(Melbourne) Thu 8 Aug 2019 7pm – 9 pm. The Melbourne Salon presents Book launch of Castaway. Robert Macklin. The astonishing story of Narcisse Pelletier, a French cabin boy abandoned on the Far North Queensland coast and saved by the local Uutaalnganu (Night Island people) with whom he lived for almost two decades. Robert Macklin re-creates Narcisse’s experiences in vivid detail drawing on the work of the great Australian anthropologist Donald Thomson, who lived with the Kuuku Y’au and the Umpila people in Sandbeach country, together with interviews Narcisse gave on his return to France and research through the Australian Institute of Aboriginal and Torres Strait Islander Studies (AIATSIS).
(Melbourne) Thu 2 May 2019 at 7pm – 9pm. The Melbourne Salon presents “French Cinema: The New Wave and its Legacy“. Dr Andrew McGregor. In this Melbourne Salon we will explore the careers of key filmmakers of the French New Wave such as François Truffaut, Jean-Luc Godard, Claude Chabrol, Alain Resnais, Jacques Rivette, Eric Rohmer and Agnès Varda and examine their lasting legacy in the context of contemporary French and international cinema.
(Melbourne) Thu 8 Nov 2018 5:30pm – 7:30pm, State Library of Victoria. The Melbourne Salon presents The Referendum in New Caledonia: what is at stake?. On 4th November 2018 New Caledonia will hold a referendum on the future of this French overseas territory to decide whether it will remain with France or become independent. Two experts will explore the background to this crucial vote: the evolving role of France in the Pacific; the issues surrounding the lead up to the vote, such as the constitution of the electorate; and what the outcome of the vote means for New Caledonia, France and Australia.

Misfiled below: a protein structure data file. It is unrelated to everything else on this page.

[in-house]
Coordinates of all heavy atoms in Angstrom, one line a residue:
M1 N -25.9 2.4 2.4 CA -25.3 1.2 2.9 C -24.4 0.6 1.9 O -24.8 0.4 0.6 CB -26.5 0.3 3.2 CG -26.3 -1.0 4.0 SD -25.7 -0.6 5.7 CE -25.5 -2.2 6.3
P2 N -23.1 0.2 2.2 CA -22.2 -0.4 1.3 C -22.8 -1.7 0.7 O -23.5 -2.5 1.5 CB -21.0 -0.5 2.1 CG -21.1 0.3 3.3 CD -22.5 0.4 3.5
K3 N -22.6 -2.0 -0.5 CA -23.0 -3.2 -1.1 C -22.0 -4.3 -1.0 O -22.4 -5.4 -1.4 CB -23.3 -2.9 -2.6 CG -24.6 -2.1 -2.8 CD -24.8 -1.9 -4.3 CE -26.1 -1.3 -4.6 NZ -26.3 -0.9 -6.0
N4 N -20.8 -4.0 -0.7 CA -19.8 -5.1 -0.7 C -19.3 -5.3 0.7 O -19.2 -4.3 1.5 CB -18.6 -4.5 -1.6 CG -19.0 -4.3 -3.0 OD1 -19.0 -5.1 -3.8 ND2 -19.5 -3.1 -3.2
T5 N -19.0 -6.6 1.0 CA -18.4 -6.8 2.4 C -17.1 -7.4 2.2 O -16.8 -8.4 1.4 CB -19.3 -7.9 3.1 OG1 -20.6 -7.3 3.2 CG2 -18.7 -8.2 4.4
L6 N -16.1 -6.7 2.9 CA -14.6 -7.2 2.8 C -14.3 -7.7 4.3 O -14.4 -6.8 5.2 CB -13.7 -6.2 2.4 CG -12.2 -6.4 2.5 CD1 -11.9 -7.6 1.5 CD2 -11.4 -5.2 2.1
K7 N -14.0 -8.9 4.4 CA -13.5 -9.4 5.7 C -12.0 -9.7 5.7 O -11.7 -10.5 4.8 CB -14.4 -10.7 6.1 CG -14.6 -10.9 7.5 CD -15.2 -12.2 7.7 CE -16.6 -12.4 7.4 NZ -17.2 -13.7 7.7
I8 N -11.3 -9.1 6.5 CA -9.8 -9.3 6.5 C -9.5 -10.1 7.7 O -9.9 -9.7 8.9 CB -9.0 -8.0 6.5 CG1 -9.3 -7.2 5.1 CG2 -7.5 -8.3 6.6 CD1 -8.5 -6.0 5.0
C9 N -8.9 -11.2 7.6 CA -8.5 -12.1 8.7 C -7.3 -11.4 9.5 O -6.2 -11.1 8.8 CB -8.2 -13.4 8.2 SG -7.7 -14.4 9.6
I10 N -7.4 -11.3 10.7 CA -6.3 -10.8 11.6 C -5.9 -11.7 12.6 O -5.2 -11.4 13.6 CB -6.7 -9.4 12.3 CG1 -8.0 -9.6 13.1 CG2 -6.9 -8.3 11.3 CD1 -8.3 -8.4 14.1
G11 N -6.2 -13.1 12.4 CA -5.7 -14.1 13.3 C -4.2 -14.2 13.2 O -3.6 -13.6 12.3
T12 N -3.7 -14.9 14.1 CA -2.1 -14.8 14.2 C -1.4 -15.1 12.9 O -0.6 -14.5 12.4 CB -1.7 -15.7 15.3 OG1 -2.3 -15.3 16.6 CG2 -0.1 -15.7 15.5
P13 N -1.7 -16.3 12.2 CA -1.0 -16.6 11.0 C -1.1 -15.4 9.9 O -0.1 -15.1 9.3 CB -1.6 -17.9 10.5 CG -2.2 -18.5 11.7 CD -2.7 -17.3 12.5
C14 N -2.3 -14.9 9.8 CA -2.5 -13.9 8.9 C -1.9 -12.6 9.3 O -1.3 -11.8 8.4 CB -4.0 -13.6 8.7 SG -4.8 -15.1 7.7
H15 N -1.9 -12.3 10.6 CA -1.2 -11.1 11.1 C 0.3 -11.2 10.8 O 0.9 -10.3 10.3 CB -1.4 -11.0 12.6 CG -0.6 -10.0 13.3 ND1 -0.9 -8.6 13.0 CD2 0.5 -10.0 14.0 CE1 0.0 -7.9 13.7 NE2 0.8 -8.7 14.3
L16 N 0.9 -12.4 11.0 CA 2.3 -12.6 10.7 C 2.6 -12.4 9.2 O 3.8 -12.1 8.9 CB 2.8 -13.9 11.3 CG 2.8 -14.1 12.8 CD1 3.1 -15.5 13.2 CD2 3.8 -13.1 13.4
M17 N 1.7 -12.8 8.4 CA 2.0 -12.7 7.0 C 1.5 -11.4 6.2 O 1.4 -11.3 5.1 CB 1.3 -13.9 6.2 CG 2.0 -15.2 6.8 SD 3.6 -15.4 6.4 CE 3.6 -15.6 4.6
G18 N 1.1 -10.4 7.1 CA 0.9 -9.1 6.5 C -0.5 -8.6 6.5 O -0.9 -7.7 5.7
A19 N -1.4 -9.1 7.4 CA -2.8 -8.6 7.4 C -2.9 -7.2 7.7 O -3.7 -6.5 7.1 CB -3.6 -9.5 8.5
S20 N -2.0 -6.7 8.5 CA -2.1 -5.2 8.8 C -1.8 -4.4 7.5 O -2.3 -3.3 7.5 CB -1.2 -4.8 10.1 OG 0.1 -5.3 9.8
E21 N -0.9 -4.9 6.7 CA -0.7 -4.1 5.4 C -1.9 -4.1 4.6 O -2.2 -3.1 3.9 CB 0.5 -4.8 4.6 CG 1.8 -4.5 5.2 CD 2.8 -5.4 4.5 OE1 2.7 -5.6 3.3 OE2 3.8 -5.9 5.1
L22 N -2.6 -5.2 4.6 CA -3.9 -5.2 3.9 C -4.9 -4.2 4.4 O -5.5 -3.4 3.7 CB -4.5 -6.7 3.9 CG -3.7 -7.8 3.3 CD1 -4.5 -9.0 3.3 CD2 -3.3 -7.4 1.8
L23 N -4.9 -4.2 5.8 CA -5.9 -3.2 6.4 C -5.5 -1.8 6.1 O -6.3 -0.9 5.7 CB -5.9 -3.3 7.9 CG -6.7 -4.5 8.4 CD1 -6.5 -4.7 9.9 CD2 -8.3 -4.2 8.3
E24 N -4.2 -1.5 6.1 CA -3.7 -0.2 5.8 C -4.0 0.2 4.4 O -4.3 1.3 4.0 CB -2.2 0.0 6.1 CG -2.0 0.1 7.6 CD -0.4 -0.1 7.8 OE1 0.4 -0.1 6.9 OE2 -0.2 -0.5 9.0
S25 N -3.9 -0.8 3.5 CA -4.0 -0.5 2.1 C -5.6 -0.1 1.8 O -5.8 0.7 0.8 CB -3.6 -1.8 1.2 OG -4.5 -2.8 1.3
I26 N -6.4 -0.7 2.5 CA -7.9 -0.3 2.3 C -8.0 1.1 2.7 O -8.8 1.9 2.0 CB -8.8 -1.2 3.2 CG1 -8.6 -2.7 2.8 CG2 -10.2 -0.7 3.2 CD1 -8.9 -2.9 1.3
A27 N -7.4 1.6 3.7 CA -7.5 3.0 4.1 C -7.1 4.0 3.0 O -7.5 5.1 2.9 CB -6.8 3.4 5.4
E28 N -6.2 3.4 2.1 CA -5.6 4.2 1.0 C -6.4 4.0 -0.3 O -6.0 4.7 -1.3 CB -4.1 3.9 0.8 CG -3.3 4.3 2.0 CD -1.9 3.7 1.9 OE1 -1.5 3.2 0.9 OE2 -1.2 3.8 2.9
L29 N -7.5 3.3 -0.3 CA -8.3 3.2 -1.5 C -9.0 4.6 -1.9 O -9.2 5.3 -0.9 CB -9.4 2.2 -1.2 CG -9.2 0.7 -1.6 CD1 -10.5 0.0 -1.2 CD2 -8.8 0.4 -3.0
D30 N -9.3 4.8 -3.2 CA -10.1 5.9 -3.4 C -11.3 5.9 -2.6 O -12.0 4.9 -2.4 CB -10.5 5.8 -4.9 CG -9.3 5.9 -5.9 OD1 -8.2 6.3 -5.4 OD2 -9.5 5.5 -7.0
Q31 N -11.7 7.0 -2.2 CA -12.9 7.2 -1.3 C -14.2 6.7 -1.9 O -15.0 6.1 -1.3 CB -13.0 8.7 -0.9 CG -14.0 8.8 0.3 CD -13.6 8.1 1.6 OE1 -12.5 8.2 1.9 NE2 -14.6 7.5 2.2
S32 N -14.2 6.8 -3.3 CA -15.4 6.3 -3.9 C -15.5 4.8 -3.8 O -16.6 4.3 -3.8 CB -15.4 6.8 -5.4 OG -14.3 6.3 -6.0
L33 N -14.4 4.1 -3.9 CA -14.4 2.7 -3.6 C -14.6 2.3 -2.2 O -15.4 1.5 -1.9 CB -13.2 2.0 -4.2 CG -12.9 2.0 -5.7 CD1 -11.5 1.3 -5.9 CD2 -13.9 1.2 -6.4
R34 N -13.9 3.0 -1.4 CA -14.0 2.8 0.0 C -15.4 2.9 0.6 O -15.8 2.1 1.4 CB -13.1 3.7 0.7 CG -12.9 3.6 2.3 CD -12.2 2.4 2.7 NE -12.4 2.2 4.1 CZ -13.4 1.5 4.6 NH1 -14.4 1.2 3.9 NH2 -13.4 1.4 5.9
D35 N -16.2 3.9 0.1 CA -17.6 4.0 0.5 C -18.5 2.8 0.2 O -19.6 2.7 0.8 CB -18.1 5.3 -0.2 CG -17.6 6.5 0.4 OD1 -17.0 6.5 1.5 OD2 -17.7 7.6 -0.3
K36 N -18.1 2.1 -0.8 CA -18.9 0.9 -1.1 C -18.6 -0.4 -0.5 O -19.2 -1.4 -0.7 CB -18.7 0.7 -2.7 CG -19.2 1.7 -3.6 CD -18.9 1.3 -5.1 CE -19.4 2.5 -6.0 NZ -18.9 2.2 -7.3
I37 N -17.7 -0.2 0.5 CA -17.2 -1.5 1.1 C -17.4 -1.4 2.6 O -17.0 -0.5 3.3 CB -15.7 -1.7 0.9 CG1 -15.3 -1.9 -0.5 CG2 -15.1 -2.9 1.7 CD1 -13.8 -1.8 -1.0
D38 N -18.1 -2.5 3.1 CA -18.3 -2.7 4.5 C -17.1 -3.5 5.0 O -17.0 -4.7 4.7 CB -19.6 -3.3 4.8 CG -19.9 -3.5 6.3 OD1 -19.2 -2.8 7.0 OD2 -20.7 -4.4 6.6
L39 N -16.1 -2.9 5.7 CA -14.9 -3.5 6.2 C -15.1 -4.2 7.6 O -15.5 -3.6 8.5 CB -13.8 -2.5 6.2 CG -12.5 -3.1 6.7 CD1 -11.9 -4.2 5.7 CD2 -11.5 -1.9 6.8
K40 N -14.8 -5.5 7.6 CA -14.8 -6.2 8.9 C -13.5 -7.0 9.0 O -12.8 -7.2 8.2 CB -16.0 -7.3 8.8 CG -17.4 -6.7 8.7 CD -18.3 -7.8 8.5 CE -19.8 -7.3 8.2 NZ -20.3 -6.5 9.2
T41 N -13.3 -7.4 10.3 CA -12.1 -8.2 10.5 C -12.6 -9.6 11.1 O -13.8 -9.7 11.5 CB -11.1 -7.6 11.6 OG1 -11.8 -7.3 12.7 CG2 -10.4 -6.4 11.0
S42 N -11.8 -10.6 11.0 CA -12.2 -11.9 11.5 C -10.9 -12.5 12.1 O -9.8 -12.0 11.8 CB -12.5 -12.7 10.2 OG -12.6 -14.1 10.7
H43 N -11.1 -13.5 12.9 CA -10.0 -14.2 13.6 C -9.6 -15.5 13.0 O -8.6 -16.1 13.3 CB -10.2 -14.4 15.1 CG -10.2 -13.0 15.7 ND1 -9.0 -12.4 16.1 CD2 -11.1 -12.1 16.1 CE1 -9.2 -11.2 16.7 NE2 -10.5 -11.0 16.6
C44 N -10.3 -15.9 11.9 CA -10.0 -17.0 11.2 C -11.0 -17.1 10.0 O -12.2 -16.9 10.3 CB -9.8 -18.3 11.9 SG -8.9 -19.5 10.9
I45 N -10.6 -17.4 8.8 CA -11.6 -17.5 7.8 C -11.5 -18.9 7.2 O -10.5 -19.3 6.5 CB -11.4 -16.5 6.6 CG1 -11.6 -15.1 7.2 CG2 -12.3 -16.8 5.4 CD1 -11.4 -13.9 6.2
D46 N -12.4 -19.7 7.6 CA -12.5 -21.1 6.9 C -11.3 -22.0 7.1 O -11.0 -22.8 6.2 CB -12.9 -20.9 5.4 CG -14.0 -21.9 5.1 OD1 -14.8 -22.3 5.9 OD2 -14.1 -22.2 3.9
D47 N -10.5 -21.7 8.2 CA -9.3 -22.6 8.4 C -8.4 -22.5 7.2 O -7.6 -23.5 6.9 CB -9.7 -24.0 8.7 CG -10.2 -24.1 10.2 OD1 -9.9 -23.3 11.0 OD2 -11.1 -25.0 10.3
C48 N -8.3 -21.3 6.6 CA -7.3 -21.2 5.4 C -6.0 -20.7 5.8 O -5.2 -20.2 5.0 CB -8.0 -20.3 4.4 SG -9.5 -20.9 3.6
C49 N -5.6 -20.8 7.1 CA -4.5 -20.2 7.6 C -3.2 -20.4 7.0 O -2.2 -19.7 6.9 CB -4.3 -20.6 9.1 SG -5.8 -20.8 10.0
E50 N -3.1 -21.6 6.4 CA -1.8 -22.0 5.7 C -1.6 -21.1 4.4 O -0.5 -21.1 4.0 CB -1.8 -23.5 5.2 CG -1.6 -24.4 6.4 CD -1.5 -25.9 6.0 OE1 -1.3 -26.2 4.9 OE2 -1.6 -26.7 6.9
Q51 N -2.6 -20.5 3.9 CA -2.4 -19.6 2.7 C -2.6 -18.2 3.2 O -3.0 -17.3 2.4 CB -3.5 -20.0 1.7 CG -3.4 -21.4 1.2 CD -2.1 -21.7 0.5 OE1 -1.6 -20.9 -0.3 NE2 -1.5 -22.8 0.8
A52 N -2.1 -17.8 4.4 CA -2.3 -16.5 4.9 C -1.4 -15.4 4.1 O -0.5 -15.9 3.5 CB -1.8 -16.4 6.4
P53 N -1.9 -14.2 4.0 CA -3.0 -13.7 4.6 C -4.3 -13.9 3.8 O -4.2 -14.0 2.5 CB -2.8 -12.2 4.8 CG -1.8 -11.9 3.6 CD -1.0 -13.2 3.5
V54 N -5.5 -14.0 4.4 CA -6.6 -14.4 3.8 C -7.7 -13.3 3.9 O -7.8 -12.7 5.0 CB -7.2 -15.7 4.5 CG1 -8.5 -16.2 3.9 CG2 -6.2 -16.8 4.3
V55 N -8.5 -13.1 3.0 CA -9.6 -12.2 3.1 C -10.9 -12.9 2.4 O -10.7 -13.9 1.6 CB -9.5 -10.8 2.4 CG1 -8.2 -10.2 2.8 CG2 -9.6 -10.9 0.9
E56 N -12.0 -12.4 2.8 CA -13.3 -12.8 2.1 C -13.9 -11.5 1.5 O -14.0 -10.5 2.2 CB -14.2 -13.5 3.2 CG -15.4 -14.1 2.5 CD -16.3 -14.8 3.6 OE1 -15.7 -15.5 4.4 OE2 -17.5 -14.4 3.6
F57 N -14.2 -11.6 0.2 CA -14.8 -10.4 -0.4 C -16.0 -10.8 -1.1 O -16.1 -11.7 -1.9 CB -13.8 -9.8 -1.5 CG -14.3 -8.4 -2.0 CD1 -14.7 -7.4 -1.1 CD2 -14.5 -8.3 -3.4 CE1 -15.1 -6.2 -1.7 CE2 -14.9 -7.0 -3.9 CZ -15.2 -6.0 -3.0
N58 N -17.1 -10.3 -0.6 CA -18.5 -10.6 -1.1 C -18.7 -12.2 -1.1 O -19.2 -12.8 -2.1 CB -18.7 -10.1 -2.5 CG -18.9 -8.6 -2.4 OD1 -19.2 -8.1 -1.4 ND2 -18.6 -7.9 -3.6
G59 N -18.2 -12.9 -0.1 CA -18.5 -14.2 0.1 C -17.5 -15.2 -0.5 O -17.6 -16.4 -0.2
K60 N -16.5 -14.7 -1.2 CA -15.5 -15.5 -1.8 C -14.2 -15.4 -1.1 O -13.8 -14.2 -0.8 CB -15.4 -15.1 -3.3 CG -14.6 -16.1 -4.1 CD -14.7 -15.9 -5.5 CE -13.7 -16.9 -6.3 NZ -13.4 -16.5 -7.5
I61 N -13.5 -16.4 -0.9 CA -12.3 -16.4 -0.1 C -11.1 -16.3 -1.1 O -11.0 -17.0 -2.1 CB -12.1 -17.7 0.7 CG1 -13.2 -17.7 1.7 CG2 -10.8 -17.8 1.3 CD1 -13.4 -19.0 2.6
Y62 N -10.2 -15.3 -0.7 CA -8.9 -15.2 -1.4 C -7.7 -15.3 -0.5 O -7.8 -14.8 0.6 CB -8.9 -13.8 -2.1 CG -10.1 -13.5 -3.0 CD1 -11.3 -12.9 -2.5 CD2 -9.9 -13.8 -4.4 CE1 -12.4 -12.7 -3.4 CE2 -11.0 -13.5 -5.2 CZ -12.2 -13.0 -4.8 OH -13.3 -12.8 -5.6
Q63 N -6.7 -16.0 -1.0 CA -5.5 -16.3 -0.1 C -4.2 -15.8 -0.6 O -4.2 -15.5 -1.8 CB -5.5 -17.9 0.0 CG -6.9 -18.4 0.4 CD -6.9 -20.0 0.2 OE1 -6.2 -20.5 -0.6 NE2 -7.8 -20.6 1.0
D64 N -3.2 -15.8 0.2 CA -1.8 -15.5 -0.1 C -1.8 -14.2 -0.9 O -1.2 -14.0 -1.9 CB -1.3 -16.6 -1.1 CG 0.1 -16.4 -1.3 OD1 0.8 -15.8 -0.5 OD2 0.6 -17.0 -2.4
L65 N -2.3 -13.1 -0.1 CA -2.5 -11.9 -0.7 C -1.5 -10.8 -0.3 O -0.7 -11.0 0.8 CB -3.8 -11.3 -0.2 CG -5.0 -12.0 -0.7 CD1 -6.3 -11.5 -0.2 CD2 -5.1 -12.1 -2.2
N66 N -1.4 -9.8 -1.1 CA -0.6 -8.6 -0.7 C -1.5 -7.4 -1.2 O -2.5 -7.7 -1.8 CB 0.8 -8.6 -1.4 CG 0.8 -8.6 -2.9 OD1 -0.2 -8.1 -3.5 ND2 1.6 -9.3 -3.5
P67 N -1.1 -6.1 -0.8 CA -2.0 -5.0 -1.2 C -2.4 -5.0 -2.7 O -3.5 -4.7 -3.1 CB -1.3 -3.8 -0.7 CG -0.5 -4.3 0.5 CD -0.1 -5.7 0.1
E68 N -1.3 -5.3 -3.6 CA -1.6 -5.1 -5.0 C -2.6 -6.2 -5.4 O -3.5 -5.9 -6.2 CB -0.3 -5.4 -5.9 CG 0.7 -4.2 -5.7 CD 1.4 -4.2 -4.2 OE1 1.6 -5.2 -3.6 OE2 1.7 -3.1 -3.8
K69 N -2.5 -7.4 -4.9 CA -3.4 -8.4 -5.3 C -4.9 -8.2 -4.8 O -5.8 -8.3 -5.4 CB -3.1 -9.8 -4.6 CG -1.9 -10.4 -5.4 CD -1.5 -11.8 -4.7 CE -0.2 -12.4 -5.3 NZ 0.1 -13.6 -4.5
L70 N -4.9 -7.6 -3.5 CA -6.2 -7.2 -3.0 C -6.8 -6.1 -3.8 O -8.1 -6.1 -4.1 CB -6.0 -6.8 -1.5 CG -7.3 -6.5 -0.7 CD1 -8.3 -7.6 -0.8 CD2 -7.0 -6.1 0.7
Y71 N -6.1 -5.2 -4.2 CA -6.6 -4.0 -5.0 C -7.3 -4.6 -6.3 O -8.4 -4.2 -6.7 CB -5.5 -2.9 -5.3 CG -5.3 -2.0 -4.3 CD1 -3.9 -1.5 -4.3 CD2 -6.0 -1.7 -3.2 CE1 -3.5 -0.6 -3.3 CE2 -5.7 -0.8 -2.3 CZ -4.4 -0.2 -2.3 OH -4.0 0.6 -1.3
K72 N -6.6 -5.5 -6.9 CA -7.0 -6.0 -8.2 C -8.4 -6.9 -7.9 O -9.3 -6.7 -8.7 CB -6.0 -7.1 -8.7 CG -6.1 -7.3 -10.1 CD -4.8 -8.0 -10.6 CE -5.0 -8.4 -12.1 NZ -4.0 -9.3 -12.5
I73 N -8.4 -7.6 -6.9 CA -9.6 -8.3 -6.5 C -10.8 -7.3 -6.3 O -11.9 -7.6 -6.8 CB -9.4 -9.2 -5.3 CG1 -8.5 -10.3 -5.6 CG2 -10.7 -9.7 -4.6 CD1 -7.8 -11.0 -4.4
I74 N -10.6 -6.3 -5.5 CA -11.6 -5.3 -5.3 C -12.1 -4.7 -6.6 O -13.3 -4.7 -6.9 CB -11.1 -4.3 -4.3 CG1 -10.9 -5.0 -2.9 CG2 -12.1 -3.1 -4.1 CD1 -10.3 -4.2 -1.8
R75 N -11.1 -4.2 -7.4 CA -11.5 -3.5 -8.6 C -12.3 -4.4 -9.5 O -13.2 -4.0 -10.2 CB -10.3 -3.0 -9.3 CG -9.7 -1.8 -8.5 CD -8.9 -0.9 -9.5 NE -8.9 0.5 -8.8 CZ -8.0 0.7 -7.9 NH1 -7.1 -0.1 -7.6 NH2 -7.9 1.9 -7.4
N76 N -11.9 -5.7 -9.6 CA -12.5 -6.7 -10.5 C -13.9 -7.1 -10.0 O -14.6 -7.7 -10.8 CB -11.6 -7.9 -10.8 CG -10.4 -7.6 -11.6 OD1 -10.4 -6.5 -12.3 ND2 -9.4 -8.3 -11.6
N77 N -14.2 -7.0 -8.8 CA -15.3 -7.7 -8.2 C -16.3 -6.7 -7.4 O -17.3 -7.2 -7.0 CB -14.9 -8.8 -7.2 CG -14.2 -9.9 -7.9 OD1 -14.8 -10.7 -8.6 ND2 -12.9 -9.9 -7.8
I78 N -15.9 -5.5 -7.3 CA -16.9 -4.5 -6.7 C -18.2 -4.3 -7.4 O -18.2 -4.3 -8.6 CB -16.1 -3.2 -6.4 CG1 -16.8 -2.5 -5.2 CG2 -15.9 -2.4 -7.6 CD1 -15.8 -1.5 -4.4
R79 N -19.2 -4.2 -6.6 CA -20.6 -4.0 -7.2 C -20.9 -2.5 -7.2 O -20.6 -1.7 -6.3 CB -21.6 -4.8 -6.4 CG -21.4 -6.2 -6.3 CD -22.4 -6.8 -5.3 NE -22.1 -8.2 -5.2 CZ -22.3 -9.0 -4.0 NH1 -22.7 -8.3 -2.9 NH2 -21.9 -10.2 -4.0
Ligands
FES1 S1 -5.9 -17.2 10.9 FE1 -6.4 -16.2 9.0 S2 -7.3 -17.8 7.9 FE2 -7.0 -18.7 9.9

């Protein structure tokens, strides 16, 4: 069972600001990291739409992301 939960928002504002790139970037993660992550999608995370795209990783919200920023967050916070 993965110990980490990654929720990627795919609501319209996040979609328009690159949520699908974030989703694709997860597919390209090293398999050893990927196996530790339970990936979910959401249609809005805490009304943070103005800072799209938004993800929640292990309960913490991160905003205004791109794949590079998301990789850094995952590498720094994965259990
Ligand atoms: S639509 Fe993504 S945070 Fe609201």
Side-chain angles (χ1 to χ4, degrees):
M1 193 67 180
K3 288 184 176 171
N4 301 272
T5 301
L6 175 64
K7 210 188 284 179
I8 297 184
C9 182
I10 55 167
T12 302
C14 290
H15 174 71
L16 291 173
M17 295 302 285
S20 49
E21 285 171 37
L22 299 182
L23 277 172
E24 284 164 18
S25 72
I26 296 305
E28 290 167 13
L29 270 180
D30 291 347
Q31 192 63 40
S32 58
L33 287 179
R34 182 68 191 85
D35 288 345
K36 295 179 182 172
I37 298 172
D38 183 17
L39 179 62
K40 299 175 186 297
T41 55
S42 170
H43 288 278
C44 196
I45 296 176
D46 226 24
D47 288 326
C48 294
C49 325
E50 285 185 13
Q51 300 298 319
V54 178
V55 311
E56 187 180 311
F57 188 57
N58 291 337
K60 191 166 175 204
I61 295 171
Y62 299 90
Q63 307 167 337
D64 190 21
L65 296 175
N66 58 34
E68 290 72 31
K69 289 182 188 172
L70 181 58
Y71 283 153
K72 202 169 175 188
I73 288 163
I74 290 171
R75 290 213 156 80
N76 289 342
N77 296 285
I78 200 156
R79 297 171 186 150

(Melbourne) Thu 2 Aug 2018 7pm – 9pm. The Melbourne Salon presents French convicts and the case for freedom in Australia. Alexis Bergantz. Escape was on every mind. How many succeeded remains a tantalising question. For the thousands of convicts France sent to New Caledonia in the late nineteenth and early twentieth centuries, the best way to stay at large, but also the most dangerous, was to reach Australia. The ones who survived the hazardous journey were quick to disappear, doing what they needed to go on: some became prostitutes, kitchen porters, or reinvented themselves as heirs to French nobility.
(Melbourne) Thu 10 May 2018 7pm – 9pm. The Melbourne Salon presents Were it but for a lemon. The influence of scurvy on French exploration, conquest and colonisation in the 19th century was dramatic. While the two nations, France and England, rivalled each other in scientific discoveries and competed for new territories, the state of health of the crews of their sailing ships could not have been more different. When the le Géographe, captained by Nicolas Baudin, and the Investigator, captained by Mathew Flinders, met by chance while exploring and mapping the south coast of Les Terres australes (South Australia), the crew of the British ship was hale and hearty but that of the French was pitiful – exhausted by scurvy. Why so different? Dr James (Jim) Tibballs is an intensive care physician who has recently completed doctoral studies in French.